challenges relate to freezes on or a decline in public
sector spending. Maureen Lewis, PhD, an economist
and chief executive officer of Aceso Global, a not-for-profit organization committed to improving health
care delivery and management in emerging markets,
spoke on the need to prioritize effective management,
efficiency, and quality reforms in order to do more, and
to do better with less (see photos, this page).
Dr. Lewis noted that quality and efficiency extend
well beyond the walls of the operating room and highlighted the need to address the continuum of surgical
patient care from initial presentation to follow-up.
Symposium participants concluded that three pillars
should underpin efficiency efforts: strong management, appropriate incentives, and robust data.
The issue of strong management was of particular
importance, and some delegates were concerned that
management professionals in Latin America’s complex health care domain are under-trained for the role
The second pillar requires a restructuring of appropriate incentives for quality measures at both the
facility and staff level. As an example of misaligned
incentives, participants spoke of public systems
throughout the region in which providers receive
below-cost reimbursements. As a result, if the hospital takes on more volume it actually loses money
because the per procedure reimbursement is less than
the per procedure cost.
The third pillar, data, was referenced repeatedly
throughout the day as a major barrier to efficient and
effective surgical practice. Although health care data are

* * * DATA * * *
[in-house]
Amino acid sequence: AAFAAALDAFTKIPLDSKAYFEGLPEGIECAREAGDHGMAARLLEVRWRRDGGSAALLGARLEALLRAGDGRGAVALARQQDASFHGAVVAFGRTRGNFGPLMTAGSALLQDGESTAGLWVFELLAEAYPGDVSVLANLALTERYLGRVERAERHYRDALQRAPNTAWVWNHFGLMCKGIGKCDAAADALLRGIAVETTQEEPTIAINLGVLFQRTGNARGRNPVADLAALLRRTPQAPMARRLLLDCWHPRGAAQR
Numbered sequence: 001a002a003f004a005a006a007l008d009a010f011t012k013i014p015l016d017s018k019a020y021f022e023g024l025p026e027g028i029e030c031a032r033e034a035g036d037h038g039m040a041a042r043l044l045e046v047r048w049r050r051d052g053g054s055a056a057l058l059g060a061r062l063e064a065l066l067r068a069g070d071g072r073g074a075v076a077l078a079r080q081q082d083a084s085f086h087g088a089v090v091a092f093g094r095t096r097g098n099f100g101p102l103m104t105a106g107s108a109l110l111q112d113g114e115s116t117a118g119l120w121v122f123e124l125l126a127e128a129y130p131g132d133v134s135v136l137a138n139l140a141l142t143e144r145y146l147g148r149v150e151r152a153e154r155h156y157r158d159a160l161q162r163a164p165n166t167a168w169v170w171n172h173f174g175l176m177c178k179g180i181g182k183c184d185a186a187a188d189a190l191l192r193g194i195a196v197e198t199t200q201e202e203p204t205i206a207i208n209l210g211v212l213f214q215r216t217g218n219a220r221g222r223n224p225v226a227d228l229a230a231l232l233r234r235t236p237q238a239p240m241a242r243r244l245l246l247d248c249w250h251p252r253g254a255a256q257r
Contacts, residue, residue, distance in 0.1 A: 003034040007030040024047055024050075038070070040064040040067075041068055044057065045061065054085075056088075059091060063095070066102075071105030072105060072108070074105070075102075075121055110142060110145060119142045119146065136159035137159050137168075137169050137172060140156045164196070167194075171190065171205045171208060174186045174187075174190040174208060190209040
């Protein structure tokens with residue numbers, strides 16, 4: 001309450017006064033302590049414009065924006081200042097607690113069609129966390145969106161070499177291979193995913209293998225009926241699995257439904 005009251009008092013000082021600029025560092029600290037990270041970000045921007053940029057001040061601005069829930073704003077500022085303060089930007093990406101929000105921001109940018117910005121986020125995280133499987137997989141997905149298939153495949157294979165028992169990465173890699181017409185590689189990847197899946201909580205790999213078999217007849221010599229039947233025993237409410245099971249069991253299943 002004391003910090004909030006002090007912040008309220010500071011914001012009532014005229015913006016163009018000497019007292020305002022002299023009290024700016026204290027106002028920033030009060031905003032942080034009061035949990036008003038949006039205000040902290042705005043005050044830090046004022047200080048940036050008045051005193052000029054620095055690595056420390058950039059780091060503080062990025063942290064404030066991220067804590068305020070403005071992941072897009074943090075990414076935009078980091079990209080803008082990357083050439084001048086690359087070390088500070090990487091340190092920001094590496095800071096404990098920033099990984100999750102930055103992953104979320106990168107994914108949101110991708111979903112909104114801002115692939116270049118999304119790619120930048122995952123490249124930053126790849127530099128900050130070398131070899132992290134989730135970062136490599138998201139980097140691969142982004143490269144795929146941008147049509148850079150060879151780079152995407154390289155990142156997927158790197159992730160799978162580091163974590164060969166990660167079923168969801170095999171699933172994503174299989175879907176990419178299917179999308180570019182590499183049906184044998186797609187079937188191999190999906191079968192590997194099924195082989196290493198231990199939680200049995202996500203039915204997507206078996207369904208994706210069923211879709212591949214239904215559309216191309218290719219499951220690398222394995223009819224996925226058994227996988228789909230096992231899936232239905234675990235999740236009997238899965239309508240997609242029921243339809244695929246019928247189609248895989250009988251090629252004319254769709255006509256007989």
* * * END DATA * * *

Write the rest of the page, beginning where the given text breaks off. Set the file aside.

regularly collected in Latin America—even digitally,
in some cases—the quality and management of these
data varies and they are rarely leveraged for system-level decision making. As a result, participants called for
the establishment of a basic, consensus-driven, streamlined set of minimum data requirements. All delegates
agreed that the most important part of collecting data
is leveraging it to guide management decisions.
Surgical workforce maldistribution
Another broad challenge for global surgery is how the
surgical, anesthesia, and obstetrics (SAO) workforce
can adequately meet the demands of underserved populations. Mário Scheffer, PhD, from the Departamento
de Medicina Preventiva, Universidade de São Paulo,
Brazil, and a co-author of this article, highlighted the
maldistribution of health care professionals in Brazil.
Although the national average of SAO specialists meets
the LCoGS’ target of 20 to 40 SAO professionals per
100,000 patients, there are marked disparities between
the well-served south and the underserved north and
northeast areas of Brazil (see Figure 2, page 25).
Referring to 2014 data, Dr. Scheffer noted that most
Brazilian physicians work in the private sector (78.4
percent, with 26. 9 percent working exclusively in the
OPERATING THEATERS IN REMOTE AREAS
OF THE STATE OF AMAZONAS
Functional but aging infrastructure exists even in remote areas of Brazil. The present
concern is with workforce, upkeep, and ongoing operational expenditure.